I put that background information up front because one of the driving forces in selecting music servers is their ability to deliver accurately timed data streams. If you don’t at least intuitively “get” that timing can be critical, much of the discussion seems like technogeekery run amok.
Decision 1: Dedicated Music Server or Existing PC/Mac
One of the attractions of computer audio is that you have most of what you need already (assuming you have a PC). You can confine attempts to get better sound to simple steps like changing DACs or trying new headphones. Using your existing PC is a low cost approach and works quite well.
If you are interested in taking the next step toward high-quality audio, there can be advantages to using a dedicated music server. Primary among these is the fact that there is less competition for resources on a dedicated server than on you existing PC. If you are working on a photograph in Photoshop at the same time you’re listening to a music track, the PC may have to swap data from RAM to disc and back. Similarly, on you existing PC there is more likely to be competition for processor time from your various USB ports (USB, unlike some other ports, generally makes use of the processor). This resource competition is primarily an issue because of the timing sensitivity of the music data stream.
For this series of blogs, we’ll go down the dedicated server route to illustrate how that works.
Decision 2: Packaged Music Server or Custom-Built
There are a number of excellent packaged music servers from brands like Sooloos, Qsonix and Sound Science. These have several advantages. First, the company has done the work of putting the server together. Second, the company has, in most cases, created a user interface that you may prefer. And third, the company has figured out a combination of technologies that works well.
You may only appreciate how significant that last sentence is after you’ve read the rest of this series! That’s because we will be exploring ways to create a custom-built music server, something that can be more complicated than it first appears.
The advantages of a custom-built music server come down to price, flexibility and fun. You can probably create your own music server for less than one of the top-flight packaged servers (which only makes sense – they’re doing some of the work for you and they need to get paid). We’ll see how much you save, and I expect it may be less than we think. Building your own server is also likely to give you a more modular system in the end. In an age of rapid tech change, a modular approach should make upgrading easier (and potentially less expensive). Finally, and to me this is a big point, you probably should only create your own server if you can see doing so a being somewhat fun. It involves real work (and with computers inevitable frustrations), so there needs to be some compensation besides saving a little money.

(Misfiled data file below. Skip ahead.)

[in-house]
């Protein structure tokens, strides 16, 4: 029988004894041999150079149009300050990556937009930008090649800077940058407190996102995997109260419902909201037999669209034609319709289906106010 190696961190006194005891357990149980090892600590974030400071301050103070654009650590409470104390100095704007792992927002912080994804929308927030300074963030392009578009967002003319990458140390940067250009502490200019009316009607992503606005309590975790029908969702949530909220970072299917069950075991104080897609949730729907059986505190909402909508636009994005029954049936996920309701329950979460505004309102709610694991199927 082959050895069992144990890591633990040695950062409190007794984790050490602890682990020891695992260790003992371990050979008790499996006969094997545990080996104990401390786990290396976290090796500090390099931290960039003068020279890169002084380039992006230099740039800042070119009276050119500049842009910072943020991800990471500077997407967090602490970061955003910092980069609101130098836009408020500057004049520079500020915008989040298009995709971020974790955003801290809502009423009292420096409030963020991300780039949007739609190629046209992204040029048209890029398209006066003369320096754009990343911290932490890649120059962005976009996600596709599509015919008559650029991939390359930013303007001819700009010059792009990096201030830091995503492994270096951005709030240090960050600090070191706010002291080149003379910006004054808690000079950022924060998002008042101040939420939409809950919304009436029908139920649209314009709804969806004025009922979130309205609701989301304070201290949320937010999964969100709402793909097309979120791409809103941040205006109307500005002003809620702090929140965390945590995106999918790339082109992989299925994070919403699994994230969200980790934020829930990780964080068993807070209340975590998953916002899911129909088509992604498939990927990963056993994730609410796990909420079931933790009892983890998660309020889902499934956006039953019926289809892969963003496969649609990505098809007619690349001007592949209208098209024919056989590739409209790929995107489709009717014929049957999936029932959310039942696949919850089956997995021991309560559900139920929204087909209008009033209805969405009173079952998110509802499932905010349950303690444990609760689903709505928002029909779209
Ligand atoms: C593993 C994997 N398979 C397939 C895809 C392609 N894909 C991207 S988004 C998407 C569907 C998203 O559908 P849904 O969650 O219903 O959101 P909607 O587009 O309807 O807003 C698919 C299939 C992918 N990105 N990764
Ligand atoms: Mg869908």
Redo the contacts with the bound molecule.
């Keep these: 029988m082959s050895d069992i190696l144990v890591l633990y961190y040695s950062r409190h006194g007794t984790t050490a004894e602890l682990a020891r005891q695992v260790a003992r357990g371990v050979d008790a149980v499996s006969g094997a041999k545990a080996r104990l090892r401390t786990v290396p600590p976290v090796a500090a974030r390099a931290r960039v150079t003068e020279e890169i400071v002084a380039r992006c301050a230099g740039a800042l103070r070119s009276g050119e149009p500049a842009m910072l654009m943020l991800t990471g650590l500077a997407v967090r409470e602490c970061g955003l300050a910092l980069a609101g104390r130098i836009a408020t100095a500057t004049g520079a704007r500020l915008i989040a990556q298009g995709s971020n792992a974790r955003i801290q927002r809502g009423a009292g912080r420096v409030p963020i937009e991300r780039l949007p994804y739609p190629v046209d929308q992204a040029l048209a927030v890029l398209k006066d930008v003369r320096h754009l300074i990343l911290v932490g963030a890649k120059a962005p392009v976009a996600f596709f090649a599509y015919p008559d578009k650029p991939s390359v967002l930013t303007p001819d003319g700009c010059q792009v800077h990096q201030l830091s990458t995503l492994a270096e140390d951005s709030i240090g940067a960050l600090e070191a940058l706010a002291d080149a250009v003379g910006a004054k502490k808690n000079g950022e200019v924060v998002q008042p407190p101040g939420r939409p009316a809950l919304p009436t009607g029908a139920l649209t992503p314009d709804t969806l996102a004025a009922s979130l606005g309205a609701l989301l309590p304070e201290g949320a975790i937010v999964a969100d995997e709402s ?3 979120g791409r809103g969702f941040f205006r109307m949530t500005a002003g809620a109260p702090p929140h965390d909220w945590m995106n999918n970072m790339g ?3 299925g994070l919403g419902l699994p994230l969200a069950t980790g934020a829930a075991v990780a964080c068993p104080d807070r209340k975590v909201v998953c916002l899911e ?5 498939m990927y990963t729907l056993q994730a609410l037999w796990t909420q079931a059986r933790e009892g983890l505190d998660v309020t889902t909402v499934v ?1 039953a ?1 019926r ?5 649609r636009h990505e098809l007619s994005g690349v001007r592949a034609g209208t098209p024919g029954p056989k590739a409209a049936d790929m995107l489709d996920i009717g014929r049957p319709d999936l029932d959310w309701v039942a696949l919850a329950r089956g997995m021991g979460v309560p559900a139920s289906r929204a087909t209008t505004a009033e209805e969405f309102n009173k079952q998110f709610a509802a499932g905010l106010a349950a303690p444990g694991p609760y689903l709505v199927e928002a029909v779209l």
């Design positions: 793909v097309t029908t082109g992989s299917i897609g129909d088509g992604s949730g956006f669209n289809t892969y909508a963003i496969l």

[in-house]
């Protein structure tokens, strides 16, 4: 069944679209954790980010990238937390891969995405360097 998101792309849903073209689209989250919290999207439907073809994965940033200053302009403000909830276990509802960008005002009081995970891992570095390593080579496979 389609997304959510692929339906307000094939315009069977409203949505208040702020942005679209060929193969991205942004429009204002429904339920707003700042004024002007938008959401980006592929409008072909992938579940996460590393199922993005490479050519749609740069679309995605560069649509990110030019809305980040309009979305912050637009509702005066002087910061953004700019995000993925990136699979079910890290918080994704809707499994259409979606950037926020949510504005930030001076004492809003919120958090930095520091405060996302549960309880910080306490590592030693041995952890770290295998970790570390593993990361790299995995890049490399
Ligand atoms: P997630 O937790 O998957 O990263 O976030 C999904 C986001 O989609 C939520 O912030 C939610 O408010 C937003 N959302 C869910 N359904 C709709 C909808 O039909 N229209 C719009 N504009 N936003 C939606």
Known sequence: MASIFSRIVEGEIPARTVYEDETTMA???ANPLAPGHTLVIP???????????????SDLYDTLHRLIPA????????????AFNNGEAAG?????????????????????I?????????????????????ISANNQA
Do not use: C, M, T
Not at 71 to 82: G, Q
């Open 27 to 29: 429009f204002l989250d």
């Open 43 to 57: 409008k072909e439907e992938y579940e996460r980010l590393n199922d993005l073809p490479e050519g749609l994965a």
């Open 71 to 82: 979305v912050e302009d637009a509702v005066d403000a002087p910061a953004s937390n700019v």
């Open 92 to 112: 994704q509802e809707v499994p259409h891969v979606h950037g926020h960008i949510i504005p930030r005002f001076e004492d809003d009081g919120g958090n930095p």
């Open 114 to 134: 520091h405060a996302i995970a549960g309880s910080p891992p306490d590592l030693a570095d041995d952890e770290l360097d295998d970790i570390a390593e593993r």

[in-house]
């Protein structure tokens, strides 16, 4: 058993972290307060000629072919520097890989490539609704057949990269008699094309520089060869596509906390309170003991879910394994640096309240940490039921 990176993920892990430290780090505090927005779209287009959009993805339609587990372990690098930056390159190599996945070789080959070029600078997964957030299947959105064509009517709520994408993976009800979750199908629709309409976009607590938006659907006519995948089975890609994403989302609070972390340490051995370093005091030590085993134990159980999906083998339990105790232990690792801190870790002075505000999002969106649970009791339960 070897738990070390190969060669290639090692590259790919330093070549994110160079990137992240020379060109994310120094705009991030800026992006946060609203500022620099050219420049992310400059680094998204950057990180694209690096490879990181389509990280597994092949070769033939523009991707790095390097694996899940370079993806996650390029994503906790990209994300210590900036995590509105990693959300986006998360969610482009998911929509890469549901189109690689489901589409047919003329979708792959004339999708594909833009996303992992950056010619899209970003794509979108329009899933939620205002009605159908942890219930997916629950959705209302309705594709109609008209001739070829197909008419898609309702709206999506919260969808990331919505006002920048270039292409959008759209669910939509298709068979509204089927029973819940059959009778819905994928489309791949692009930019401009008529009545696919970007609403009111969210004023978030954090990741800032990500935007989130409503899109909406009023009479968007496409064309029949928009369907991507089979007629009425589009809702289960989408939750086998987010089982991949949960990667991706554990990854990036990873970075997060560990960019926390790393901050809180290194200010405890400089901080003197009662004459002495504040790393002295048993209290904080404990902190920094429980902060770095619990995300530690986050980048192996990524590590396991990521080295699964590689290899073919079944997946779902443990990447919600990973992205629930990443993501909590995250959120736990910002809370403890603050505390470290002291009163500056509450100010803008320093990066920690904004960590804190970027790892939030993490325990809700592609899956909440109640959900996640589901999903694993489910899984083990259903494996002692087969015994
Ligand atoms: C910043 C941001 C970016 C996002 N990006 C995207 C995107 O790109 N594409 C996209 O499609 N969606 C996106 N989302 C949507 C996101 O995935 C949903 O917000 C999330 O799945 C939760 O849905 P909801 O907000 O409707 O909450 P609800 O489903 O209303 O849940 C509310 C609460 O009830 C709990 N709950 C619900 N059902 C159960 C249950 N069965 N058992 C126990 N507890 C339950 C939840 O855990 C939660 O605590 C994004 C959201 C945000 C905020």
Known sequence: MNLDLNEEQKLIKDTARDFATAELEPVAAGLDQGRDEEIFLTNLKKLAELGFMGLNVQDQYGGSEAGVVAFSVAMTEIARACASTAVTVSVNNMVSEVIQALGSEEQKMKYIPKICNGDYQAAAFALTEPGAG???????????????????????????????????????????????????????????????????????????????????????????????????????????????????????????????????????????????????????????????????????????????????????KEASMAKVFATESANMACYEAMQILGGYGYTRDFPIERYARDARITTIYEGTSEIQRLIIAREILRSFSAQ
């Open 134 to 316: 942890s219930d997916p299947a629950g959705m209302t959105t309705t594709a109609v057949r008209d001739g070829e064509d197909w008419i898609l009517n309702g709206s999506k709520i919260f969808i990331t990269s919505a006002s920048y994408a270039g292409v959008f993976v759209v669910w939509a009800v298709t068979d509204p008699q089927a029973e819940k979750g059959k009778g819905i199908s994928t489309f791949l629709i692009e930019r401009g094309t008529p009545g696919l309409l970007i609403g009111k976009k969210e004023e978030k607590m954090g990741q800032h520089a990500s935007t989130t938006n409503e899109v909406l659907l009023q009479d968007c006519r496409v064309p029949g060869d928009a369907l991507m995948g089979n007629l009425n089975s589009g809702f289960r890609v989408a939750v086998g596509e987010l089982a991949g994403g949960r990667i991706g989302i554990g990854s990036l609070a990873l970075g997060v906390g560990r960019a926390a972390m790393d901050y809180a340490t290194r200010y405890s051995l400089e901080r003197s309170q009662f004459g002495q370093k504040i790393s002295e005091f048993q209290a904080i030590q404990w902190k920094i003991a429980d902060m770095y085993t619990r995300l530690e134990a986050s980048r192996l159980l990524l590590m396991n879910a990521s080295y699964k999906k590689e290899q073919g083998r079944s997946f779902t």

Decision 3: PC or Mac
Like Brett Favre’s (a U.S. football star) retirement, this is a subject that gets tiring pretty quickly. That’s because differences between Macs and PCs are often distinctions without a difference (that, and the fact that people who like to argue about those distinctions are so charming).
I would suggest that you will want to use a Mac or a PC largely based on which operating system you are familiar with. There will be enough complexity here for most mortals without having the added effort of learning the conventions of a new OS.
I’ll actually be building both Mac-based and PC-based servers. Not because I imagine the fundamental differences to be earth-shattering, but because of differences I see in the way Apple and PC makers go to market.
Specifically, I’ll start on the Mac side of things because it is simpler. That simplicity lends itself to building a basic dedicated music server. By contrast, I think the choices on the PC side of things mean that we may be able to construct a pretty mean machine, but that effort naturally is more arcane and thus comes later in the series (if I live and the bosses don’t shoot me).
Even though this first group of blogs is about a Mac-based server, I hope the logic applies pretty well if you wanted to build a basic PC-based server.
Note: in the remainder of the blog I mention specific products that I selected. The point is to illustrate the real decisions you have to make, not to endorse specific products (which may be out of date mere seconds after this is posted). I also display, particularly in this first installment, a bias toward readily available off the shelf items that are more or less plug and play. I have a lot of work to do (probably like you) and I'm having enough trouble trying to learn the basics, much less learn everything there is to know about non-mainstream computing.